Somniloquy

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Not to be confused with Soliloquy. ‹See Tfd›

Somniloquy or sleep-talking is a parasomnia that refers to talking aloud while asleep. It can be quite loud, ranging from simple sounds to long speeches, and can occur many times during sleep. Listeners may or may not be able to understand what the person is saying.[1] As with sleepwalking and night terrors, sleeptalking usually occurs during delta-wave NREM sleep stages or temporary arousals from them.

Furthermore, it can also occur during REM sleep, at which time it represents a motor breakthrough (see sleep paralysis) of dream speech: words spoken in a dream are spoken out loud. Depending on its frequency, this may or may not be considered pathological. All motor functions are typically disabled during REM sleep; thus, motoric i.e. verbal elaboration of dream content could be considered REM behavior disorder (see below).

Sleep-talking can occur by itself or as a feature of another sleep disorder such as:

Sleep-talking is very common and is reported in 50% of young children, with most of them outgrowing it by puberty, although it may persist into adulthood (about 4% of adults are reported to talk in their sleep). It appears to run in families.[citation needed] Sleep-talking can be associated with a fever.

In 1966, researchers K. Abe and M. Shimakawa worked to find links between heredity and Somniloquy. Their research suggests the following:[2]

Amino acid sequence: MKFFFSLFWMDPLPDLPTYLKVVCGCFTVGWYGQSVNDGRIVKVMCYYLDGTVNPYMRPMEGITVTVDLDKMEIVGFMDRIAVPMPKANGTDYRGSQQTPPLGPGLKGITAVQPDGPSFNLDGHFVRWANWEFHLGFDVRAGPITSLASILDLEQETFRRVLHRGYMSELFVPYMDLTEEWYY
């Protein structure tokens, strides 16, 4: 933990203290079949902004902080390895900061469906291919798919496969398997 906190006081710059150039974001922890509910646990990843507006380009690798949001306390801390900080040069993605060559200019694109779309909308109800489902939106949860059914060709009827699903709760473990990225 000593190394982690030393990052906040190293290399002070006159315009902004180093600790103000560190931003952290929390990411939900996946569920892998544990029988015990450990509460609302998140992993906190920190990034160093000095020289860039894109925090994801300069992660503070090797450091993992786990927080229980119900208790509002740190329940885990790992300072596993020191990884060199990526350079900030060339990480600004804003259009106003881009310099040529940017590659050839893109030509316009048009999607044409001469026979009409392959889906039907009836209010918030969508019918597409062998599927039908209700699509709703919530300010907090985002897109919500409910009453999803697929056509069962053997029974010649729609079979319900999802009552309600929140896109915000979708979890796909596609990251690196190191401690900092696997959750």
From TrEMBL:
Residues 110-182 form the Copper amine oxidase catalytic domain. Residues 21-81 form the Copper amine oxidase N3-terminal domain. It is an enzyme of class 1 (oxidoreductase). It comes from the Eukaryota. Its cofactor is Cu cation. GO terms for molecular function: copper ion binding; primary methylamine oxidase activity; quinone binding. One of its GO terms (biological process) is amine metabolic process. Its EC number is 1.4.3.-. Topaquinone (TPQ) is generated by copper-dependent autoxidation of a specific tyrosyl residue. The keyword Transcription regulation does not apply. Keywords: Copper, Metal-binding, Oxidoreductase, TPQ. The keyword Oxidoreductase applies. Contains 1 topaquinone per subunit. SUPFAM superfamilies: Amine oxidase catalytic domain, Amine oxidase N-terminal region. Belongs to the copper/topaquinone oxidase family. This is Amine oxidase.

• Sleep-talking parents are more likely to have children who sleep-talk
  • Sleep talking can still occur when neither parent has a history of sleep talking, though this is far less common
  • A large portion of parents begin to sleep-talk later in life without any prior history of sleep-talking during childhood or adolescence

Sleep-talking by itself is harmless; however, it can wake up others and cause them consternation—especially when misinterpreted as conscious speech by an observer. If the sleep-talking is dramatic, emotional, or profane it may be a sign of another sleep disorder (see above). Sleep-talking can be monitored by a partner or by using an audio recording device; devices which remain idle until detecting a sound wave are ideal for this purpose. Polysomnography (sleep recording) shows episodes of sleep talking that can occur in any stage of sleep.[1]

References[edit]

  1. ^ a b http://www.webmd.com/sleep-disorders/talking-in-your-sleep Talking in Your Sleep
  2. ^ Arkin, Arthur M. (1981). Sleep Talking Psychology and Psychophysiology. L. Erlbaum Associates. pp. 40–41. ISBN 0-89859-031-0. 

External links[edit]